Court Of Human Rights: Convictions For File-Sharing Violate Human Rights

The European Court of Human Rights has declared that the copyright monopoly stands in direct conflict with fundamental Human Rights, as defined in the European Union and elsewhere. This means that as of today, nobody sharing culture in the EU may be convicted just for breaking the copyright monopoly law; the bar for convicting was raised considerably. This can be expected to have far-reaching implications, not just judicially, but in confirming that the copyright monopoly stands at odds with human rights.

Freedom of speech (and other human rights, like education?) vs. copyright, never happy bedfellows.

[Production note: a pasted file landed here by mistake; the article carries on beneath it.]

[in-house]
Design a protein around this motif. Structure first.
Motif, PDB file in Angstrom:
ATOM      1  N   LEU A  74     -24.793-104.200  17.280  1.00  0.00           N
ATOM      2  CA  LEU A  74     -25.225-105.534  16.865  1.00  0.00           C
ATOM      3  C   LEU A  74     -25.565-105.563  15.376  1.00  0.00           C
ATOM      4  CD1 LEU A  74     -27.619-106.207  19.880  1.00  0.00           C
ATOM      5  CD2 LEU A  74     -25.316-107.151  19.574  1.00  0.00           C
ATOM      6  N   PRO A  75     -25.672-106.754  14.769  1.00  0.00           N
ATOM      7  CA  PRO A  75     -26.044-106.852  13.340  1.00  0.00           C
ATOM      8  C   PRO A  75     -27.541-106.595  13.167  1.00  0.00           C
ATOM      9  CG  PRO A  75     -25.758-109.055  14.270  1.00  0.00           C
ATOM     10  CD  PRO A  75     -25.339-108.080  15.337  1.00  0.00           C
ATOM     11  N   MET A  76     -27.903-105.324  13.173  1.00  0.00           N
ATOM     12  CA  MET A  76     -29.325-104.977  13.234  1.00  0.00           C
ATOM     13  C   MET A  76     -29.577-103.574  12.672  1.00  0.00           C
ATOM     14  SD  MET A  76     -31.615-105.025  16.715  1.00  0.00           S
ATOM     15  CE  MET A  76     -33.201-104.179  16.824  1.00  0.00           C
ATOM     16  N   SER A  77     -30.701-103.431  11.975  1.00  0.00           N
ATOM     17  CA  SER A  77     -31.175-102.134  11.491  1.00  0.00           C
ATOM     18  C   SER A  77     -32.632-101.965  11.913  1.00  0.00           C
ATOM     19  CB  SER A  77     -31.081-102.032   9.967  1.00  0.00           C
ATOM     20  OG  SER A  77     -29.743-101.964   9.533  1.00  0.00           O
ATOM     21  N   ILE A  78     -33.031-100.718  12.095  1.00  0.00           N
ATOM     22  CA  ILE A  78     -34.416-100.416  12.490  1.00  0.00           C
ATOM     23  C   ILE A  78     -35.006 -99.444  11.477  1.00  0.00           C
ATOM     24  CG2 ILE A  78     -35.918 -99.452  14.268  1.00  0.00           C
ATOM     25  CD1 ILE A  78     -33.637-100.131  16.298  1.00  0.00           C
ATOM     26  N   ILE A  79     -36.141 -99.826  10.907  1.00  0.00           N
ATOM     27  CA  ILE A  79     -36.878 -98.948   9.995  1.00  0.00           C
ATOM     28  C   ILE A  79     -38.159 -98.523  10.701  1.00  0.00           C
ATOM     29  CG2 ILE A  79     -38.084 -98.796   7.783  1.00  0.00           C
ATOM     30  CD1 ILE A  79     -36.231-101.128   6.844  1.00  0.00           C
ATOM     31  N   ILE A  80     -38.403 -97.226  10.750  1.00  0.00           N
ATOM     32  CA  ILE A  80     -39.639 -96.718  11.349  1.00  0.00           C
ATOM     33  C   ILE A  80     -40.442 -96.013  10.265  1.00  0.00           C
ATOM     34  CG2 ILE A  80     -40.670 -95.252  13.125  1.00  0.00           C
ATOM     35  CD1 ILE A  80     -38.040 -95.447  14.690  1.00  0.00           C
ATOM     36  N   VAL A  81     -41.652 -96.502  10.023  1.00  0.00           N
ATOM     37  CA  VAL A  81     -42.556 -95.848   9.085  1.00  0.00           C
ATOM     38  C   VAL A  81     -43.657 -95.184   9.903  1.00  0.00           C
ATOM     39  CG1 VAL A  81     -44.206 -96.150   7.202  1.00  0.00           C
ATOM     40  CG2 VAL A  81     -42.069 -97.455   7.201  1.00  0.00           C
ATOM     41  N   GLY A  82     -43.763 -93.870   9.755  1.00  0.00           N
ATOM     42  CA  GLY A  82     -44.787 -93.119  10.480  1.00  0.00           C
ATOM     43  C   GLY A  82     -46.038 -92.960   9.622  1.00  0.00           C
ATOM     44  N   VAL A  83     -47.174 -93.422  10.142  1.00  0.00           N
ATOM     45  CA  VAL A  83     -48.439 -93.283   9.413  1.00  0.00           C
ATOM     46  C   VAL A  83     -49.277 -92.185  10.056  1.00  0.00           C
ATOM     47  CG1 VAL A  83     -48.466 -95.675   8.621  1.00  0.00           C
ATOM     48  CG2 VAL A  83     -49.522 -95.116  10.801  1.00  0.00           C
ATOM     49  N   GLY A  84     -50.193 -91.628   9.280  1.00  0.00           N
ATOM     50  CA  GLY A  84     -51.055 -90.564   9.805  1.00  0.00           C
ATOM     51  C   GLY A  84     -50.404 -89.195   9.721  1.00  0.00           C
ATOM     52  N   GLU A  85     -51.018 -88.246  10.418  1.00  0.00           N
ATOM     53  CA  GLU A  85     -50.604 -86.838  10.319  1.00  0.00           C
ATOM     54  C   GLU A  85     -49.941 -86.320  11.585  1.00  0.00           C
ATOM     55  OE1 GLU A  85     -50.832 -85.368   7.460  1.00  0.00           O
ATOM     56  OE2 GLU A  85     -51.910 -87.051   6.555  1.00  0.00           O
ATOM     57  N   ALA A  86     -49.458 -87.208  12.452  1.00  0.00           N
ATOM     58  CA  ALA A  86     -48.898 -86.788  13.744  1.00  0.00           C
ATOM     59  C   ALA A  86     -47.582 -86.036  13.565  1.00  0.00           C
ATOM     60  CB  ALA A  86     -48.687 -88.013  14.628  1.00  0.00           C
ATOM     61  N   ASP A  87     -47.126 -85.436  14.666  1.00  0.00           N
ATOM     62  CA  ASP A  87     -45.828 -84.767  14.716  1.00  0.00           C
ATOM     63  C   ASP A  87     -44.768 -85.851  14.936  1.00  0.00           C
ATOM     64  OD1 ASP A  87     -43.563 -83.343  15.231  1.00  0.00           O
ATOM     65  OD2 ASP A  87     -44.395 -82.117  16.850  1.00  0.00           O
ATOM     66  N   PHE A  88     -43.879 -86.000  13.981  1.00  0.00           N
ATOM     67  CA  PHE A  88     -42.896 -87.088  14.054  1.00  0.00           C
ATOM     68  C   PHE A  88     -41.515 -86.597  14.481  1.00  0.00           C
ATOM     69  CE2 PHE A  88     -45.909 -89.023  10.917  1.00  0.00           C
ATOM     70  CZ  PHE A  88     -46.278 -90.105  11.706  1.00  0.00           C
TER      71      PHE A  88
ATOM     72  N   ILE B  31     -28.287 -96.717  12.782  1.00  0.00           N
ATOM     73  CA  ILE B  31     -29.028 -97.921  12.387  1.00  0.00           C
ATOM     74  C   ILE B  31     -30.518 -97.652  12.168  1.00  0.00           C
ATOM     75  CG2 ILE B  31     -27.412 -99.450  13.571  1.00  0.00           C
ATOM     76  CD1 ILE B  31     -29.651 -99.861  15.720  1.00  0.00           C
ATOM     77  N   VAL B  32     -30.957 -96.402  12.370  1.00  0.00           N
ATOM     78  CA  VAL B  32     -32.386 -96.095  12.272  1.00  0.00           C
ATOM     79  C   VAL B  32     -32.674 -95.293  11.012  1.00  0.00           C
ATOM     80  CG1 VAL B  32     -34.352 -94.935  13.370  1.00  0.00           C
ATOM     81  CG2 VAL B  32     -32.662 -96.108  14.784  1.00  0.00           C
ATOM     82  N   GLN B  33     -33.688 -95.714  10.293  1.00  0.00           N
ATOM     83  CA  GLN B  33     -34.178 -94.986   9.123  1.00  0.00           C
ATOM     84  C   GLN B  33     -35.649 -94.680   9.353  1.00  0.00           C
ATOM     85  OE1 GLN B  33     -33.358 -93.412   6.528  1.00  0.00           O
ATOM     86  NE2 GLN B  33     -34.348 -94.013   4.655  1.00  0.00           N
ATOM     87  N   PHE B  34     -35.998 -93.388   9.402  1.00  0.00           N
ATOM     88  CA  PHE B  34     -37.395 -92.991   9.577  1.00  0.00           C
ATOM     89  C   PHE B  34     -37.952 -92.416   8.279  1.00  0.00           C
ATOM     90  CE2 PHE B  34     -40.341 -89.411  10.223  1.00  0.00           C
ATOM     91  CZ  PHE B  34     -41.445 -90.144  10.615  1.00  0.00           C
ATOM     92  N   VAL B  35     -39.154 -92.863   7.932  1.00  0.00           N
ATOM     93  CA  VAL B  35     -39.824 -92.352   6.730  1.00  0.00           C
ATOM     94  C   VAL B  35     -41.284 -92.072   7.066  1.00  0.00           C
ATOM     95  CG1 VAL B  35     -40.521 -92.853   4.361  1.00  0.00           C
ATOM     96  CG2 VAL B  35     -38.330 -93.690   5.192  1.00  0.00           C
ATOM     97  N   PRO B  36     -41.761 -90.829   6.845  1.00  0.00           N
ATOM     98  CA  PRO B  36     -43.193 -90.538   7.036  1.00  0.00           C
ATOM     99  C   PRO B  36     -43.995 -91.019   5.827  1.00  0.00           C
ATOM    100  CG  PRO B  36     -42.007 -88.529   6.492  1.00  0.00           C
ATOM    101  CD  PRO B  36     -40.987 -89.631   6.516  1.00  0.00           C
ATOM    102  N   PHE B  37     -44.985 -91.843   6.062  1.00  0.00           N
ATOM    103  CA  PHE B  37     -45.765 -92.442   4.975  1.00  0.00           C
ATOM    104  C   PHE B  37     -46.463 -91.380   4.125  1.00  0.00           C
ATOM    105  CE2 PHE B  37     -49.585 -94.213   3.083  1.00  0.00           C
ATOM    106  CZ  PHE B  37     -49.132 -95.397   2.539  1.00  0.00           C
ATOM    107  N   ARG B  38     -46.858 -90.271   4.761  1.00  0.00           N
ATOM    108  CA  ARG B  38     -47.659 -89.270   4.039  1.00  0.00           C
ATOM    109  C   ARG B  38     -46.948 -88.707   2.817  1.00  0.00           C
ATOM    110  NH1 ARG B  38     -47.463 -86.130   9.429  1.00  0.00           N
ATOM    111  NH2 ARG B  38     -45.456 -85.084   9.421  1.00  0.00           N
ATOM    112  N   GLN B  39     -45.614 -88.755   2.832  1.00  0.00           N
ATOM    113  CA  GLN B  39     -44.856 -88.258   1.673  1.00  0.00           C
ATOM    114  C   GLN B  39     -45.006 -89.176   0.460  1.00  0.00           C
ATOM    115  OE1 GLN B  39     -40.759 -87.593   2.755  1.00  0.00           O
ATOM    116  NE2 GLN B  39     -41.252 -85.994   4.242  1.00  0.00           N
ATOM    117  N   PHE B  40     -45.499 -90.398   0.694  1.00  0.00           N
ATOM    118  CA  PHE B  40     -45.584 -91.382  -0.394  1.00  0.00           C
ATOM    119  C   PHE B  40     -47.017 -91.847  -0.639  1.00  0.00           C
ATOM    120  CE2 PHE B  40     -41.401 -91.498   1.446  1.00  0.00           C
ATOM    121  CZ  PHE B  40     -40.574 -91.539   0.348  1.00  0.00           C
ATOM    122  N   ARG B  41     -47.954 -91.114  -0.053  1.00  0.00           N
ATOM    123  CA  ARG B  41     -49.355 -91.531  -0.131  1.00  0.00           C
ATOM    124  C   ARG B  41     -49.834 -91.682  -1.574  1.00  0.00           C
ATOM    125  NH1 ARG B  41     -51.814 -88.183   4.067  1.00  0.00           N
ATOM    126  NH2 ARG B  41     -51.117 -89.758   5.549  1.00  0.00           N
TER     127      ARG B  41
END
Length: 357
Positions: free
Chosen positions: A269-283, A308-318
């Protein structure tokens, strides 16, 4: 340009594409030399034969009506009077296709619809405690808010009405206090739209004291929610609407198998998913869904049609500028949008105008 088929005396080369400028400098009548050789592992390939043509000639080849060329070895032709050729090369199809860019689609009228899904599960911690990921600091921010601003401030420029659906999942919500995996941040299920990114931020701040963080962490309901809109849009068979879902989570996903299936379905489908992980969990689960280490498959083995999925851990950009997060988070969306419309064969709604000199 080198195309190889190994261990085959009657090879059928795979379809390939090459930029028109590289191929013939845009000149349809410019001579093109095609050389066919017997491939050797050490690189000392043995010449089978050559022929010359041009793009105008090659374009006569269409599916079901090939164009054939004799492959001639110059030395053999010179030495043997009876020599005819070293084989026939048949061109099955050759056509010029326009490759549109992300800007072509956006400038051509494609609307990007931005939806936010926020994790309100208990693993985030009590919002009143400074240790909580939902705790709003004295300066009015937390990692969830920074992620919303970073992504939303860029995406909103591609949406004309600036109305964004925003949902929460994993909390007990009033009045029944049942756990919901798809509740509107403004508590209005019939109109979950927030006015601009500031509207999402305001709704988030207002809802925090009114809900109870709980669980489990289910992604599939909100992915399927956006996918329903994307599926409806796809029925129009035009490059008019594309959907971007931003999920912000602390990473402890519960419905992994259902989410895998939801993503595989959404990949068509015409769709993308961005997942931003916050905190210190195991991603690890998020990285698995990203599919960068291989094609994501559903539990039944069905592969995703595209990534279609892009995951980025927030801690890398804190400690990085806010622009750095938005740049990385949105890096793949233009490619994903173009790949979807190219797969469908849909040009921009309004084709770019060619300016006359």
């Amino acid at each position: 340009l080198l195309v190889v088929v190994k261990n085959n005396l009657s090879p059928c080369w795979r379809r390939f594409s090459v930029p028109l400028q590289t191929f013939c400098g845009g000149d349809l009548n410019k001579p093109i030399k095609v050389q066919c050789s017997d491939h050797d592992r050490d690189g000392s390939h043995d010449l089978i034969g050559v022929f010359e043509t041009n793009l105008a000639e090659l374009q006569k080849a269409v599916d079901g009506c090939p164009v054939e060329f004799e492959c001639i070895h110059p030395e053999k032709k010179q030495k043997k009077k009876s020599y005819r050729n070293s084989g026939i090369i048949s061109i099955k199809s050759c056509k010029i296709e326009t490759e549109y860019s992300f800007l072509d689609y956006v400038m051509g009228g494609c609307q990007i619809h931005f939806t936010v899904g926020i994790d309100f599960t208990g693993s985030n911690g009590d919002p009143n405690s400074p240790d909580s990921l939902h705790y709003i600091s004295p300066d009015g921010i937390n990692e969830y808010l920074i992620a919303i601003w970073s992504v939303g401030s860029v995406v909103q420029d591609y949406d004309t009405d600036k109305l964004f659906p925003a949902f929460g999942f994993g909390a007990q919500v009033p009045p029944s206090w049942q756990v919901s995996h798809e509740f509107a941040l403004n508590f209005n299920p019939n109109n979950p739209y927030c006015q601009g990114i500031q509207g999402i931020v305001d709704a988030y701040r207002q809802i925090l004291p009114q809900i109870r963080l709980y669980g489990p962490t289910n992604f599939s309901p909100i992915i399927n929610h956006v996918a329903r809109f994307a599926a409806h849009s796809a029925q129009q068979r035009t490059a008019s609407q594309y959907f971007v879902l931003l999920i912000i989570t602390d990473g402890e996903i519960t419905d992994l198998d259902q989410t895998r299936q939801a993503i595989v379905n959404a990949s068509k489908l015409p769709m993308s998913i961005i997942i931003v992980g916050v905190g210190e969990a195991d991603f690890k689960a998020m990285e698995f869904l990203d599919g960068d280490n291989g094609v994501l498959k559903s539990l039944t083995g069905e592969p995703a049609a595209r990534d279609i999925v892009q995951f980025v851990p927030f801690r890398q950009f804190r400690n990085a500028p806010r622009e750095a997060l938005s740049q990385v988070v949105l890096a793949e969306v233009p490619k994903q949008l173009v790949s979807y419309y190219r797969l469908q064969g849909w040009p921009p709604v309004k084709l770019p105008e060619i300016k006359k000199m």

In any case, not opening slather, but tightening up the requirements. Makes $25 for a complaint look small.

The Only Thing You Need To Know About ACTA

Everybody involved in pushing and rushing through this agreement have insisted that it will mean no changes at all, won???t require any changes to law (or possibly minimal ones to trademark law, as in Sweden), and overall, insist that it???s no big deal.

At the same time, these players are throwing all their weight behind its passage. The key question that results stands out like a sore thumb:

If ACTA doesn???t change anything, why are they pushing for its passage as if their life depended on it?

The Copyright Industry ??? A Century Of Deceit

It is said that those who don???t study history are doomed to repeat it. In the case of the copyright industry, they have learned that they can get new monopoly benefits and rent-seeker???s benefits every time there is a new technology, if they just complain loudly enough to the legislators.

Not so much deceit as typical incumbent NPV driven behaviour.